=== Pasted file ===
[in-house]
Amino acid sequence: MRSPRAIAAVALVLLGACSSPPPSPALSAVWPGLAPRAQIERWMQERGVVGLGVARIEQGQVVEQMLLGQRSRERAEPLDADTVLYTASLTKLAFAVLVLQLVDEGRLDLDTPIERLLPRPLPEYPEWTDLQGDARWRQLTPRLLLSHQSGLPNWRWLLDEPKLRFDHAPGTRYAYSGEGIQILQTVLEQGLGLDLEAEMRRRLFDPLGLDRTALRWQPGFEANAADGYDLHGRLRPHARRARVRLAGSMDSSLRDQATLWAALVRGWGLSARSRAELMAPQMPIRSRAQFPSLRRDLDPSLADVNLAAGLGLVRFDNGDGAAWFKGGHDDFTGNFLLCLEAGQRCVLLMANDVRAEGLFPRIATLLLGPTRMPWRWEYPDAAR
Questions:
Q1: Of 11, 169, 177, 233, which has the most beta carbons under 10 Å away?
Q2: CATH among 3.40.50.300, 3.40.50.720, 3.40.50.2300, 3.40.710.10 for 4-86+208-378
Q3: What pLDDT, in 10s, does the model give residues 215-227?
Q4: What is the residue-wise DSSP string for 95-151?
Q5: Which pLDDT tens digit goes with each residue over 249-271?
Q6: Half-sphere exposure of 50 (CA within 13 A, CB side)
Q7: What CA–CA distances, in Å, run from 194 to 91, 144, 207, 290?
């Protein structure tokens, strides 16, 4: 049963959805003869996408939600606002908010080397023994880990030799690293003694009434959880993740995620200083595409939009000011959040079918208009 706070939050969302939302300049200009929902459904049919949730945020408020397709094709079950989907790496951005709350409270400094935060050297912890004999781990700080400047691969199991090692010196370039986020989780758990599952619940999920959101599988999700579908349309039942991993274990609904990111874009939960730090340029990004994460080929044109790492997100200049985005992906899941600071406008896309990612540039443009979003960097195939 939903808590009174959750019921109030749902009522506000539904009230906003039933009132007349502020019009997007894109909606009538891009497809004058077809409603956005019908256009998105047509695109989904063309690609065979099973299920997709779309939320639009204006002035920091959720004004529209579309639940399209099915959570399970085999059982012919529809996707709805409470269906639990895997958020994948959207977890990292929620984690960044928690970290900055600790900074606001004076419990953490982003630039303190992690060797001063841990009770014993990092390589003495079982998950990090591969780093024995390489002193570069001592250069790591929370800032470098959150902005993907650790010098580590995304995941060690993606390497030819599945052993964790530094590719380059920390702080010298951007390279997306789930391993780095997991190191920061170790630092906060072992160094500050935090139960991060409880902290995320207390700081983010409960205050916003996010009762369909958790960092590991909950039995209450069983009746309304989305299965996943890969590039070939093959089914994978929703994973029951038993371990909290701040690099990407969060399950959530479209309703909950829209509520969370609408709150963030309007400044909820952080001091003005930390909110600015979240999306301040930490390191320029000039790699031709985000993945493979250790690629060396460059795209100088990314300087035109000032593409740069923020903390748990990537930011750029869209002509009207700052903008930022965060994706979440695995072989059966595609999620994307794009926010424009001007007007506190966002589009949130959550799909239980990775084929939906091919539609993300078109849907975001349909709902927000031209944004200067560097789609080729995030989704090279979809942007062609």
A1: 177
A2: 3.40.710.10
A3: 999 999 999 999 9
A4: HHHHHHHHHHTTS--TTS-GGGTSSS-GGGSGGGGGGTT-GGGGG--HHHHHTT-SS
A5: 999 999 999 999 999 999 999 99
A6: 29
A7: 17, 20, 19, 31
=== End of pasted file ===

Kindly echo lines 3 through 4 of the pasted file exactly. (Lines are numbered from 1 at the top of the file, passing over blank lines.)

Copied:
Questions:
Q1: Of 11, 169, 177, 233, which has the most beta carbons under 10 Å away?